Abstract: Rather against the wishes of his Ph.D. adviser Brouwer decided to make his dissertation the starting point for a new foundation of mathematics. It clearly contained the gems of his later work, but it needed a more systematic approach to turn it into a viable program. We will look into the ideas and doubts that led the way to his mature 1918 program. Details from his pre-dissertation notebooks will be helpful to see how Brouwer managed to find a foothold in the much discussed foundations of mathematics around the turn of the century.
Hendrik Lenstra (Universiteit Leiden)
Abstract: This lecture considers a fundamental problem in the algorithmic theory of ordered fields from a complexity point of view.
Thorsten Altenkirch (
Quotient Types in Observational Type Theory
Abstract: In recent work with Conor McBride we have developed Observational Type Theory (OTT) a variant of Martin-Löf Type Theory, which has
an extensional propositional equality while at the same time retaining the computational desirable features of Intensional Type Theory: decidability of
definitional equality and type checking and cononicity, i.e. that every closed term reduces to a value. OTT is currently being implemented as the core of
the Epigram 2 system.
In the present talk I shall focus on the potential of using quotient types in OTT, which among other applications enables us to define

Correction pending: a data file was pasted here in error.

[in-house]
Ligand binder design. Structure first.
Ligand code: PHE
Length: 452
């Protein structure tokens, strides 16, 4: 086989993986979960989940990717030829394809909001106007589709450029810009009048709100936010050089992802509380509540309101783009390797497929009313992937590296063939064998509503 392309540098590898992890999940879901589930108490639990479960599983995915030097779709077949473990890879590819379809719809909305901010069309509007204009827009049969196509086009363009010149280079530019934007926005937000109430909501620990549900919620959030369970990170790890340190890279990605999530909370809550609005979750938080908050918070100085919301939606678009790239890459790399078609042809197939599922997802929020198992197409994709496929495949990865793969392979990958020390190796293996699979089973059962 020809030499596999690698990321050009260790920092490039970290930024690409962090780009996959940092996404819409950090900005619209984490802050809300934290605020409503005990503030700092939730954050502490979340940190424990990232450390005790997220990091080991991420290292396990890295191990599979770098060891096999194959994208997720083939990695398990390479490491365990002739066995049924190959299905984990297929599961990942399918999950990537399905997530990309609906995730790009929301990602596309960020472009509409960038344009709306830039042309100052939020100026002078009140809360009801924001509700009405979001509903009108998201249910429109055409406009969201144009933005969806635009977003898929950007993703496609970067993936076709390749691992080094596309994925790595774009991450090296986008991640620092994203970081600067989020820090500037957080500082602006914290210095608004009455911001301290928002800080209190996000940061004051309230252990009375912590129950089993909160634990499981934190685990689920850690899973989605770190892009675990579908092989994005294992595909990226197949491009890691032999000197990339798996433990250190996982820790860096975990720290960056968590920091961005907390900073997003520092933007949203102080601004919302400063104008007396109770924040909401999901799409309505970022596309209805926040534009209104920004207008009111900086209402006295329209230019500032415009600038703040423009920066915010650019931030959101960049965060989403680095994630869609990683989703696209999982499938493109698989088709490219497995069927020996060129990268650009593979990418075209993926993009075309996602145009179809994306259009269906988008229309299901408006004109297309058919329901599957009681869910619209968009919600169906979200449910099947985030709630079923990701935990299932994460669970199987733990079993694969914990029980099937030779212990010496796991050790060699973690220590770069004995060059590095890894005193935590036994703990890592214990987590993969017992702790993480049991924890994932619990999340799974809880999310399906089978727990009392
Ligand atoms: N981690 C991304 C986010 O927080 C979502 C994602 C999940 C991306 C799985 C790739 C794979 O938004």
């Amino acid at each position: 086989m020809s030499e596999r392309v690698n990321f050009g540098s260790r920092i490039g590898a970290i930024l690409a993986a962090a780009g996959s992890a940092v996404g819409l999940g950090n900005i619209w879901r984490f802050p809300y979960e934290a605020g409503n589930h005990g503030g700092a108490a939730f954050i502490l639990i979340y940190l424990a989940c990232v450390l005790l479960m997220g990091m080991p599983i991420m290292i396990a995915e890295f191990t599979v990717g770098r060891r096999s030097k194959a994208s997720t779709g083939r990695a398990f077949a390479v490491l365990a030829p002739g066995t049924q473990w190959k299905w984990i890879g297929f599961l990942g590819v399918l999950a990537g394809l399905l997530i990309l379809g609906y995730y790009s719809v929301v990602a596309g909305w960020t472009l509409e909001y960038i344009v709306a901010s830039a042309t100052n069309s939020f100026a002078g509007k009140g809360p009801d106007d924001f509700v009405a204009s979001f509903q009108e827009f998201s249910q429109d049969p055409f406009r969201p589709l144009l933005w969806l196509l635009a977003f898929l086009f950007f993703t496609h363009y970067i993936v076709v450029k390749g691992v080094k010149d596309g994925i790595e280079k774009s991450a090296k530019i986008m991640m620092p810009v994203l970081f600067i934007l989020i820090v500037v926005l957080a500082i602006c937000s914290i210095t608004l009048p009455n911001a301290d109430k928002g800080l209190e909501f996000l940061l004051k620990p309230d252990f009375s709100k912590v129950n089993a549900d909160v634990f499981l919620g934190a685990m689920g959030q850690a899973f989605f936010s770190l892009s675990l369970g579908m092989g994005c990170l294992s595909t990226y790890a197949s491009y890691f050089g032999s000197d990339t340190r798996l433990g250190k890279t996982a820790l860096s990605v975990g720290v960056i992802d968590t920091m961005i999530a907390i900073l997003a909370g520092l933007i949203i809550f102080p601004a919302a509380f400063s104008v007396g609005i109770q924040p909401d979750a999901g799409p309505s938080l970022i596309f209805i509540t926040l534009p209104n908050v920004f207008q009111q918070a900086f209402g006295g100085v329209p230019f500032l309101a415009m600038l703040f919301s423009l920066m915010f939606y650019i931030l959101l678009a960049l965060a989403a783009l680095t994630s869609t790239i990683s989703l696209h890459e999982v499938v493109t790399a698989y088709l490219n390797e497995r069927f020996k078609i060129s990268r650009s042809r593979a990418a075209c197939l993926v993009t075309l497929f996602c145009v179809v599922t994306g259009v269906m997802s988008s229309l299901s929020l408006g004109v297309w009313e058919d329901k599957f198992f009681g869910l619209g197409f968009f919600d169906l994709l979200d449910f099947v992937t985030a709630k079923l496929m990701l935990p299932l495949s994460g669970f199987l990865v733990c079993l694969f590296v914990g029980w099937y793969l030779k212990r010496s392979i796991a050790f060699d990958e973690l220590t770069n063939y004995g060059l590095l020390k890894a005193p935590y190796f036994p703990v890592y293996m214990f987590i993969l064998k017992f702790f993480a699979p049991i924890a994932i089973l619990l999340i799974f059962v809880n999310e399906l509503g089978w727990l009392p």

Cauchy Reals. When programming with Reals in Type Theory we exploit the partiality monad (based on recent work with Tarmo
definable in (total) OTT and which enables us to program computationally useful functions over the Reals.
Jesus Aransay (La Rioja)
A mechanised proof of the Basic Perturbation Lemma
Abstract: We present a complete mechanized proof of the result in Homological Algebra known as Basic Perturbation Lemma. The proof carried out in the proof assistant Isabelle, more concretely, in the implementation of Higher Order Logic (HOL) available in the system. Difficulties found, and also on the ongoing stages of our project to give a certified version of some of the algorithms present in the Kenzo computation
Eyvind Briseid (
Using proof mining to find computable rates of convergence for the Picard iteration sequence for non-nonexpansive functions.